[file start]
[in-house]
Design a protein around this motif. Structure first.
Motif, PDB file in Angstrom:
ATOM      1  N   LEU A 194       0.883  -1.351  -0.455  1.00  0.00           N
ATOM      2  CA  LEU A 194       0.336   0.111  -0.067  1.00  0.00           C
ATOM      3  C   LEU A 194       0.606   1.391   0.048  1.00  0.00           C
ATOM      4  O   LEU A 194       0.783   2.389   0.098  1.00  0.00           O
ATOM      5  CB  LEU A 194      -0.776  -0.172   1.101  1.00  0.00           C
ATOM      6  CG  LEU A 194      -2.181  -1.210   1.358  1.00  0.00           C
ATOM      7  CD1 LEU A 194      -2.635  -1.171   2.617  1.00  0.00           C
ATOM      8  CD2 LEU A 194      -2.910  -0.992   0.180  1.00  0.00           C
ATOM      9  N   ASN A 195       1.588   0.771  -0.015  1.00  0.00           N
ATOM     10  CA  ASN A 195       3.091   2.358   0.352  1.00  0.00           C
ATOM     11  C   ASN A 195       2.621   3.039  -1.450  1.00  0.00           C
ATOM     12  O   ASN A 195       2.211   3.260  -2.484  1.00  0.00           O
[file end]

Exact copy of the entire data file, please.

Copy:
[in-house]
Design a protein around this motif. Structure first.
Motif, PDB file in Angstrom:
ATOM      1  N   LEU A 194       0.883  -1.351  -0.455  1.00  0.00           N
ATOM      2  CA  LEU A 194       0.336   0.111  -0.067  1.00  0.00           C
ATOM      3  C   LEU A 194       0.606   1.391   0.048  1.00  0.00           C
ATOM      4  O   LEU A 194       0.783   2.389   0.098  1.00  0.00           O
ATOM      5  CB  LEU A 194      -0.776  -0.172   1.101  1.00  0.00           C
ATOM      6  CG  LEU A 194      -2.181  -1.210   1.358  1.00  0.00           C
ATOM      7  CD1 LEU A 194      -2.635  -1.171   2.617  1.00  0.00           C
ATOM      8  CD2 LEU A 194      -2.910  -0.992   0.180  1.00  0.00           C
ATOM      9  N   ASN A 195       1.588   0.771  -0.015  1.00  0.00           N
ATOM     10  CA  ASN A 195       3.091   2.358   0.352  1.00  0.00           C
ATOM     11  C   ASN A 195       2.621   3.039  -1.450  1.00  0.00           C
ATOM     12  O   ASN A 195       2.211   3.260  -2.484  1.00  0.00           O